An Admiral Colvin was dispatched by Tomkinson on the morning of the 15th, with the job of taking the sailor's grievances to the Admiralty. Not expecting a reply for several days and wishing to halt the spread of the mutiny, Tomkinson ordered concessions to the strikers. These included extending marriage allowances to sailors under the age of 25, and that those on lower rates of pay could remain on the old rate, effectively cancelling the 25% pay cut in favour of a universal 10% cut. On 16th September, in Whitehall, the cabinet considered the complaints of the sailors and a pay cut of 10% was broadly agreed. On hearing this news later in the day all ships sailed from Invergordon heading for their home ports.
A highly embarrassing incident for the Admiralty and the government, and fearing repeats of the mutiny from other sections of the armed forces, attempts were made to suppress any record or public knowledge of the strike at Invergordon. The government refused to hold an inquiry and public court martials for strikers were forbidden. Strikers were punished out of the public eye however, many were jailed, and many more punished in barracks and then dispersed throughout the Navy. Once normality had returned a naval investigation was commissioned resulting in a group of some 200 sailors being dismissed from the Navy.
The backlash of the strike was not just confined to the forces. The offices of the Daily Worker, the Communist Party newspaper which had lent its full support to the strikers, and indeed one of the few newspapers to report on the strike, were raided. Its printer, business manager and a member of its editorial board were arrested under the Incitement to Mutiny Act. News of the strike did, however, reach some sections of the population, and it preceded and most probably acted as an inspiration to a massive demonstration in London against public sector cuts, as well as marches and riots of 50,000 and 30,000 members of the Unemployed Workers Movement in Glasgow and Manchester respectively.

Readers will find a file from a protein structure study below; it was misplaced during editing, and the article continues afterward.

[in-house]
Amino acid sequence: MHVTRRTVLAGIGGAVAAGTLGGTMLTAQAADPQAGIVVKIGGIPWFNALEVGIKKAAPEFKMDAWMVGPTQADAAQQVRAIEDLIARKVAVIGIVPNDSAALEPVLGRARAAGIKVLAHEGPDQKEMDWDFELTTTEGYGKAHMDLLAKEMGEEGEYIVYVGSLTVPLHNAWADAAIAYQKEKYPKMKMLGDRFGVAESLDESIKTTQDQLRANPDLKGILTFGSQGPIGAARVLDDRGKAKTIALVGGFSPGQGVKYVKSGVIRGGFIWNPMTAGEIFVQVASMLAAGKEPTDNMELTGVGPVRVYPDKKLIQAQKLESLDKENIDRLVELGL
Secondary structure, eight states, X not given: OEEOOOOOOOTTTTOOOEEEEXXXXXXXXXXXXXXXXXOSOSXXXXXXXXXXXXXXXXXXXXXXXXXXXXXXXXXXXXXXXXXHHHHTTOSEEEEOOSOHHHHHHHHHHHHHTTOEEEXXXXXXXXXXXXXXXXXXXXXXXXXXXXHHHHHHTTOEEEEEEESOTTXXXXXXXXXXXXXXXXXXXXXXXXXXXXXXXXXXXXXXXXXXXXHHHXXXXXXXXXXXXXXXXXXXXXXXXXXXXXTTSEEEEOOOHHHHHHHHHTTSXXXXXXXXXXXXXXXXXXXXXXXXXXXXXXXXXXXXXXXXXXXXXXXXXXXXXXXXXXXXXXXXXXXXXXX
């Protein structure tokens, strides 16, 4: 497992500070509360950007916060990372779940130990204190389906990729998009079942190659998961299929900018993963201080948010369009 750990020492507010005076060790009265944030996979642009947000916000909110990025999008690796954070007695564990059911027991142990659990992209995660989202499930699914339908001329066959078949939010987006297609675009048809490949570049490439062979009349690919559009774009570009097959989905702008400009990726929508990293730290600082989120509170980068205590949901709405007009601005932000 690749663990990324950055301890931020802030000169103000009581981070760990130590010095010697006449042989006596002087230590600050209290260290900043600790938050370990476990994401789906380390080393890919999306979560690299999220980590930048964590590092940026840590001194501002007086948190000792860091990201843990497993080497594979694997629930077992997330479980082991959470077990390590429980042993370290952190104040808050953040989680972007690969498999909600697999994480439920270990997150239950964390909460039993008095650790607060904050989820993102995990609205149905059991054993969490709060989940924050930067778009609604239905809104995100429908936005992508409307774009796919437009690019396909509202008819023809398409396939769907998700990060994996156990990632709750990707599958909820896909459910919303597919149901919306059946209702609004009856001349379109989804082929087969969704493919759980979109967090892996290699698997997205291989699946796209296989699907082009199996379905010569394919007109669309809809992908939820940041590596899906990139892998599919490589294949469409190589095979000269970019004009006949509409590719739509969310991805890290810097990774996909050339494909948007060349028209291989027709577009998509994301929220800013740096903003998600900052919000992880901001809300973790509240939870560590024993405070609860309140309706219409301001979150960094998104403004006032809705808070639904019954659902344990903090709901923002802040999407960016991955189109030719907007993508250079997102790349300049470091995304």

While not completely halting the tide of pay cuts that was to affect the Navy, the daring and well organised actions of the strikers, not to mention the massive show of solidarity and comradeship shown between them, certainly lessened the impact of the cuts and should be remembered as a proud chapter in the long history of mutiny and rebellion in the Royal Navy.
In summarising the mutiny for the Admiralty, Tomkinson reported that the crews had remained respectful to their officers throughout, and that officers had done their best to explain the government's reasons for the cut in pay and that complaints would be taken seriously. He concluded that the mutiny had been caused primarily by the 25% cut for junior ratings who had joined the service before 1925, that there were no grievances besides the pay cut, and his belief that the complaint was well founded. He also believed that any use of force would have made the situation much worse.
The Cabinet accepted Tomkinson's recommendation that ratings on the old rate of pay remain on that rate, with a 10% cut in line with the rest of the service. It was made clear that further acts of insurrection would be severely punished. A number of the organisers of the strike were jailed, while 200 sailors were discharged from the service. A further 200-odd sailors were purged from elsewhere in the Navy, accused of attempting to incite similar incidents. The Admiralty held Tomkinson accountable for the mutiny, blaming him for failing to punish dissidents after the first protests.
The Atlantic Fleet never fought in a naval battle in its short history. Having been shaken by the events of the Invergordon Mutiny, the Admiralty renamed the Atlantic Fleet, as the Home Fleet.
The mutiny caused a panic on the London Stock Exchange and a run on the pound, bringing Britain's economic troubles to a head and forced it off the Gold Standard on 21st September 1931.
Len Wincott, a leader of the mutiny, defected to the USSR in 1934. During World War II he survived the Siege of Leningrad (September 1941 – January 1944) but in 1946 he was sent to the Gulag after being accused of being a British spy; he was imprisoned for more than a decade. After his release in the 1950s, he became a friend of Donald MacLean, a British diplomat and member of the ‘Cambridge Five’ who acted as spies for the Soviet Union, in Moscow. Another leader, Navy boxer Fred Copeman, commanded the British Battalion of the International Brigades in the Spanish Civil War (1936-1939).